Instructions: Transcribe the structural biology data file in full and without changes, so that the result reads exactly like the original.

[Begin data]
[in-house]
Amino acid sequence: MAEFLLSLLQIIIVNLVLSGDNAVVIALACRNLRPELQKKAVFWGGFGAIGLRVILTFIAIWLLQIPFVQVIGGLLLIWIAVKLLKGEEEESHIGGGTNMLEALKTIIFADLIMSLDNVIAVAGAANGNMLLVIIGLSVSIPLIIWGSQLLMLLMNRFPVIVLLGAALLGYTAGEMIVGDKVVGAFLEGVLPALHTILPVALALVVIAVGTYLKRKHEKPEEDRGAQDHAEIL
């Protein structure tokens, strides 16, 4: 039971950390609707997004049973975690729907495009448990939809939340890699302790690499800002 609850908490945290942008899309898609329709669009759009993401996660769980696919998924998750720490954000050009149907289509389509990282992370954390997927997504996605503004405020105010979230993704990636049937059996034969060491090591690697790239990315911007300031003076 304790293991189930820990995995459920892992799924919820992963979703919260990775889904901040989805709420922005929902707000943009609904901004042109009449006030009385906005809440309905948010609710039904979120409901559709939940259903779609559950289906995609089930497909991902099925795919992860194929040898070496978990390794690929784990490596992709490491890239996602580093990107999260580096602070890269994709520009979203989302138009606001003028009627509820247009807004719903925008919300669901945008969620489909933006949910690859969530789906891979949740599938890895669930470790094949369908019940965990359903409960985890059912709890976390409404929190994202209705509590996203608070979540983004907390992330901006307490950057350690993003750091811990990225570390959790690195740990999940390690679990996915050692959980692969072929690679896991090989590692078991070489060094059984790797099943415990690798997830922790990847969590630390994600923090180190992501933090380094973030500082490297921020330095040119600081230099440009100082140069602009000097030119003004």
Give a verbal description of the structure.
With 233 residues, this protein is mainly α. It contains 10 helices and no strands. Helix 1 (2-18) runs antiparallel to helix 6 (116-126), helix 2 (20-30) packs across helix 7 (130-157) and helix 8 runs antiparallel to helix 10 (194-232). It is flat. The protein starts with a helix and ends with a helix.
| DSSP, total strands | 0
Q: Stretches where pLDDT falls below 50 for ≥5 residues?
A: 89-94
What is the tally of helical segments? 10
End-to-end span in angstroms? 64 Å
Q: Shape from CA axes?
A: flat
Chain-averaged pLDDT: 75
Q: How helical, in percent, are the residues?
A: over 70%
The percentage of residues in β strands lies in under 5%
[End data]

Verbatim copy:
[in-house]
Amino acid sequence: MAEFLLSLLQIIIVNLVLSGDNAVVIALACRNLRPELQKKAVFWGGFGAIGLRVILTFIAIWLLQIPFVQVIGGLLLIWIAVKLLKGEEEESHIGGGTNMLEALKTIIFADLIMSLDNVIAVAGAANGNMLLVIIGLSVSIPLIIWGSQLLMLLMNRFPVIVLLGAALLGYTAGEMIVGDKVVGAFLEGVLPALHTILPVALALVVIAVGTYLKRKHEKPEEDRGAQDHAEIL
């Protein structure tokens, strides 16, 4: 039971950390609707997004049973975690729907495009448990939809939340890699302790690499800002 609850908490945290942008899309898609329709669009759009993401996660769980696919998924998750720490954000050009149907289509389509990282992370954390997927997504996605503004405020105010979230993704990636049937059996034969060491090591690697790239990315911007300031003076 304790293991189930820990995995459920892992799924919820992963979703919260990775889904901040989805709420922005929902707000943009609904901004042109009449006030009385906005809440309905948010609710039904979120409901559709939940259903779609559950289906995609089930497909991902099925795919992860194929040898070496978990390794690929784990490596992709490491890239996602580093990107999260580096602070890269994709520009979203989302138009606001003028009627509820247009807004719903925008919300669901945008969620489909933006949910690859969530789906891979949740599938890895669930470790094949369908019940965990359903409960985890059912709890976390409404929190994202209705509590996203608070979540983004907390992330901006307490950057350690993003750091811990990225570390959790690195740990999940390690679990996915050692959980692969072929690679896991090989590692078991070489060094059984790797099943415990690798997830922790990847969590630390994600923090180190992501933090380094973030500082490297921020330095040119600081230099440009100082140069602009000097030119003004």
Give a verbal description of the structure.
With 233 residues, this protein is mainly α. It contains 10 helices and no strands. Helix 1 (2-18) runs antiparallel to helix 6 (116-126), helix 2 (20-30) packs across helix 7 (130-157) and helix 8 runs antiparallel to helix 10 (194-232). It is flat. The protein starts with a helix and ends with a helix.
| DSSP, total strands | 0
Q: Stretches where pLDDT falls below 50 for ≥5 residues?
A: 89-94
What is the tally of helical segments? 10
End-to-end span in angstroms? 64 Å
Q: Shape from CA axes?
A: flat
Chain-averaged pLDDT: 75
Q: How helical, in percent, are the residues?
A: over 70%
The percentage of residues in β strands lies in under 5%